Photo courtesy of Bainbridge Performing Arts | Bainbridge Performing Arts’ Theatre School and Bainbridge Dance Center’s grade-based camp offerings begin Tuesday, Feb. 20, and include such courses as Group Voice, Story Ballet, Dance Composition and Costume Design.

Photo courtesy of Bainbridge Performing Arts | Bainbridge Performing Arts’ Theatre School and Bainbridge Dance Center’s grade-based camp offerings begin Tuesday, Feb. 20, and include such courses as Group Voice, Story Ballet, Dance Composition and Costume Design.

BPA pairs with dance center for special February winter break camps

Two iconic island cultural centers are joining forces to bring stage-seeking students a pack of performing opportunities during mid-winter break camps.

Bainbridge Performing Arts’ Theatre School and Bainbridge Dance Center’s grade-based camp offerings begin Tuesday, Feb. 20, and include such courses as Group Voice, Story Ballet, Dance Composition and Costume Design.

Students can sign up for as many or as few classes as interests them, and will be supervised in between courses. Sessions are from 9:30 to 11 a.m., 11:15 a.m. to 12:15 p.m. and from 1:15 to 2:45 p.m.

“It’s structured [so] that BPA is offering two classes and BDC is offering a class, but we’ve lined them up so students can easily take all three. And then we’re hoping to invert that number for Spring Break and have BDC offer two and BPA offer one,” said BPA education director Elizabeth Ellis.

Students in grades kindergarten through third grade may choose from two camp options: Group Voice with Ellis, a fun-filled introduction to basic harmonies and syncopation designed to groom students for a lifetime of positive performance opportunities; and Story Ballet, with BDC’s Kim Holloway, a Seattle-based contemporary choreographer and BDC faculty member, designed to help students grow their body awareness and sense of rhythm through the characters, music and famous movements from ballets such as “Swan Lake,” “The Nutcracker” and “Sleeping Beauty.”

Students in grades 4 through 6 may choose from three camp options: Dance Composition, lead by Holloway, introduces students to fundamental concepts of dance composition and ways of telling stories with their bodies; Costume Design, in which students will gain access to BPA’s entire costume stock as well as the mind of instructor Barbara Klingberg (the award-winning costume designer of BPA’s hit shows “Amadeus” and “Priscilla Queen of the Desert”); and Group Voice, in which students will develop techniques designed to enhance their value to any musical theatre ensemble.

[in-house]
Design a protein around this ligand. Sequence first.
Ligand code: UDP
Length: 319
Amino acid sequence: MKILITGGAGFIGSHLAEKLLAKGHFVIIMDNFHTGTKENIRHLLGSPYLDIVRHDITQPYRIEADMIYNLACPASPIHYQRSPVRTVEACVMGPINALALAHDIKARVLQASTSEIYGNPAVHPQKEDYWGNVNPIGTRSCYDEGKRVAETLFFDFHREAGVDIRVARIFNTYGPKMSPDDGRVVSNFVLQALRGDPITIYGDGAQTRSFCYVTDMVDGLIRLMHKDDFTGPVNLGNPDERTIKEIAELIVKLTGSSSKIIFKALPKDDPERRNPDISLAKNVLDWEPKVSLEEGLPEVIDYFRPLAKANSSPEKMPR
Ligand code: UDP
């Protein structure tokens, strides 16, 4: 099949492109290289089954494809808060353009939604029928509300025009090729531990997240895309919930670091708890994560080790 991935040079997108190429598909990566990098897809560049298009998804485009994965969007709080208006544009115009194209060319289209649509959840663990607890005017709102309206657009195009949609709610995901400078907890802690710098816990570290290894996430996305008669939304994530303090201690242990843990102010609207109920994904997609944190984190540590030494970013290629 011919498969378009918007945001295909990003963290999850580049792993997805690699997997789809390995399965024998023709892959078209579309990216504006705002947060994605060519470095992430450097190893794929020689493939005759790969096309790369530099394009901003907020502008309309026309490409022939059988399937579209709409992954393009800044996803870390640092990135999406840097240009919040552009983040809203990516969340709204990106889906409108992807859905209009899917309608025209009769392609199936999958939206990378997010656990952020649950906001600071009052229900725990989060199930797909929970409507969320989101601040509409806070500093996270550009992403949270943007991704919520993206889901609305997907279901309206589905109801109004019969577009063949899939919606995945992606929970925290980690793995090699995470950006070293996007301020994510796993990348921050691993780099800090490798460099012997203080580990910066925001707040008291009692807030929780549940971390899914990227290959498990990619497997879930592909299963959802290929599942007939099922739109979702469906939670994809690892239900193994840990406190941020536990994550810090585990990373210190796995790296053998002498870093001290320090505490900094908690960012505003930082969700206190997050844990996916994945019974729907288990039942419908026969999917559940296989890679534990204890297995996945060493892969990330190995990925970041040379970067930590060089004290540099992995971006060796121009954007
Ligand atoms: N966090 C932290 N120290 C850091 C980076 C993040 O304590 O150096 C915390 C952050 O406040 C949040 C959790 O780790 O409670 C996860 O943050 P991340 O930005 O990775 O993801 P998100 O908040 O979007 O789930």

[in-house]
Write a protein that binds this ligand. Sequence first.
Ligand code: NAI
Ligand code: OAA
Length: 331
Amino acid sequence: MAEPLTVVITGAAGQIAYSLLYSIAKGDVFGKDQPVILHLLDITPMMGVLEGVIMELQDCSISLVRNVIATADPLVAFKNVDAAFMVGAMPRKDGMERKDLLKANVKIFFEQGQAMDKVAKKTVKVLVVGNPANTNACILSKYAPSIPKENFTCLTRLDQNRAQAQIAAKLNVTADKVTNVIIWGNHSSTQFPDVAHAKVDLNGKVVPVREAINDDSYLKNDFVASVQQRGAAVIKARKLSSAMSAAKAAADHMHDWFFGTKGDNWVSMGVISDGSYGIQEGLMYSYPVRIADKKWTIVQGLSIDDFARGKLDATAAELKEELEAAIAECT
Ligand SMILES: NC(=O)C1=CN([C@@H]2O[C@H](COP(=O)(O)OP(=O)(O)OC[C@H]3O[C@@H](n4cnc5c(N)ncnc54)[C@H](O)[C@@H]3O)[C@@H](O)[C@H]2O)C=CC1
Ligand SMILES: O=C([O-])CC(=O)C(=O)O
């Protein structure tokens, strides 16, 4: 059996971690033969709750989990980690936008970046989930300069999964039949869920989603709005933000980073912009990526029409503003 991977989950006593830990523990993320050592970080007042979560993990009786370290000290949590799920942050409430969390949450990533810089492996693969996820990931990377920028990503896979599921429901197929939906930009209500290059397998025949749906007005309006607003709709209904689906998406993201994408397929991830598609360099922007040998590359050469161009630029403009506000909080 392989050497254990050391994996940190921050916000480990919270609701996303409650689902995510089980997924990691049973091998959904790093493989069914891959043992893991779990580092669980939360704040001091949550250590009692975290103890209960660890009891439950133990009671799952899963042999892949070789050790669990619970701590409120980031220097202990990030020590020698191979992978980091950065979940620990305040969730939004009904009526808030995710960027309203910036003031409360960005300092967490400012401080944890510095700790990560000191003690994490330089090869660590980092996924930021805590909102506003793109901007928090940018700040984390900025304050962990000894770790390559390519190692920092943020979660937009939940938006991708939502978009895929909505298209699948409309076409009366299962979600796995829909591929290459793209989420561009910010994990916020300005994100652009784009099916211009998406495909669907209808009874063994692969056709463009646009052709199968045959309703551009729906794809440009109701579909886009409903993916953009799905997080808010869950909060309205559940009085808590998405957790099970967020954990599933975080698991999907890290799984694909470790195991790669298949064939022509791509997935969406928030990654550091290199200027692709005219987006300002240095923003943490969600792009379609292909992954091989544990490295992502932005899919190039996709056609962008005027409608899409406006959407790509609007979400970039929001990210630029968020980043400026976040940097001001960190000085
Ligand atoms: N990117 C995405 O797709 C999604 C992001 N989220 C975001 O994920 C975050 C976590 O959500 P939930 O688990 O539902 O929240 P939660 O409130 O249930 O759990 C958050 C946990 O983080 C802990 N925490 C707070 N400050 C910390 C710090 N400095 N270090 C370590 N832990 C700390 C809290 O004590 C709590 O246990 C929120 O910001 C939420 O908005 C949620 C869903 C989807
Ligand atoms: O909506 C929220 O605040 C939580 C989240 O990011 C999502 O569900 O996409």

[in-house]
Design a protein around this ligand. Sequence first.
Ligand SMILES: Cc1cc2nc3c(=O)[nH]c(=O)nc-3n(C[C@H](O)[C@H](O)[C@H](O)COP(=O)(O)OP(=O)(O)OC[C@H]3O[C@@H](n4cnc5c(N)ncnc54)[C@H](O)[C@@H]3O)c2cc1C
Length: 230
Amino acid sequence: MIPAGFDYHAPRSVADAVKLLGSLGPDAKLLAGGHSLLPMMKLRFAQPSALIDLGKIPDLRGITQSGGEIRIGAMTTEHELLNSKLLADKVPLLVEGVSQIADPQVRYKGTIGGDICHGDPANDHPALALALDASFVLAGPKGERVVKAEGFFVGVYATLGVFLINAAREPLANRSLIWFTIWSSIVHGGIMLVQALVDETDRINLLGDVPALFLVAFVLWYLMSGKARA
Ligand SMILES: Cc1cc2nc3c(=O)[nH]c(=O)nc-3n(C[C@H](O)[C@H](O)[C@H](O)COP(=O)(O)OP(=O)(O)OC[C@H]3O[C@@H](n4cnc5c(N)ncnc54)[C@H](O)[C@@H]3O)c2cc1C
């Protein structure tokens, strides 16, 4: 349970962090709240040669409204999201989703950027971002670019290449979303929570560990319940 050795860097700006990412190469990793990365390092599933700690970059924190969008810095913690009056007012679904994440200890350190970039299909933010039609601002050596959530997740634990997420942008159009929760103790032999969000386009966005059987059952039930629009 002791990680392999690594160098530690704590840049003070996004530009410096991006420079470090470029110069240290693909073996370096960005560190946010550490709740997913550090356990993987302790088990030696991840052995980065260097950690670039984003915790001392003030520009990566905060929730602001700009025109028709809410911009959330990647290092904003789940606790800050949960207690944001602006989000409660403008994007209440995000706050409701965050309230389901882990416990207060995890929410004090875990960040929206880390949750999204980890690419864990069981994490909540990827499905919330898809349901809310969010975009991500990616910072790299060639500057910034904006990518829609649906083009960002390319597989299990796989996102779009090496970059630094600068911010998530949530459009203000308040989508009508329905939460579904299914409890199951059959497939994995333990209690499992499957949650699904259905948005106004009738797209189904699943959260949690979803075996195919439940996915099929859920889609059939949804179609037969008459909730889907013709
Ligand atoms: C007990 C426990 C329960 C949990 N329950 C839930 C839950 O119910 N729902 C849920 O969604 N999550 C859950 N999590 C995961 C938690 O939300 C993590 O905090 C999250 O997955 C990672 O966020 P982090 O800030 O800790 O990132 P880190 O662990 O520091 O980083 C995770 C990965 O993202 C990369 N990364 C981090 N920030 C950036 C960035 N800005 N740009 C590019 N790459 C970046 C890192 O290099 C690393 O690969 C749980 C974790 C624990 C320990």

Students in grades 7 through 10 may choose from three camps also: Group Voice students may either bring in 16 bars of their favorite song or use one of the course selections and will receive instruction in a workshop format, allowing students to walk away with a confident audition piece; Dance Composition, lead by Holloway, will introduce students to the fundamental concepts of dance composition and will offer personalized guidance as students create their own work to be shared in the final showing on Friday, Feb. 23; and Costume Design, with Klingberg, where students will explore a series of projects geared to develop understanding of the scope of the designer’s role, sharpen their design eye, and acquire some of the craft skills.

All classes will be held at Bainbridge Performing Arts (200 Madison Ave. North).

For young students who are serious about dance, the camps are a rare opportunity, said Bainbridge Dance Center director Christiana Axelsen.

“We don’t usually teach Dance Composition to students under high school age,” Axelsen said. “It’s really exciting. There a lot of students [signed up] who are not from our dance center, so it’s going to be this exciting experiment of different, either people from a more theatrical background or people from different dance backgrounds, coming together to learn how to choreograph.”

Ellis agreed, saying that the courses with Klingberg especially were something not of the usual camp fare.

“When I say Costume Design with Barbara Klingberg … [the students] light up,” she explained. “And when I say Dance Composition, they’re like, ‘Wait? What?’ and I’m like, ‘Yeah you can learn to be your own choreographer.’ And they just never even thought that could be a thing. You just see their faces going through all these emotions.”

The benefits of such a collaborative education program, Ellis said, are many — for both the students and host organizations.

“One of the benefits for BPA, because BPA is a nonprofit, as long as we can at least break even our mission is whatever is the benefit for the students,” she said. “We want to make sure we’re broadening their horizons … and being a more trained dancer will always make you a better actor and vice versa.”

Axelsen agreed, adding that more performance opportunities are a good thing for any would-be artist, regardless of experience level or discipline.

“Bainbridge Dance Center is very micro-focused on pre-professional training and I would love to broaden that perspective out,” she said. “Those delineations of dance and theater are not exact and not particularly useful.

“I also just think that with our general proximity … there’s so much more potential,” she added. “I feel like this is just the beginning of hopefully some more combined programming.”

Visit www.bainbridgeperforming arts.org/collections/mid-winter-break-2018 for a full class schedule and registration info and prices.

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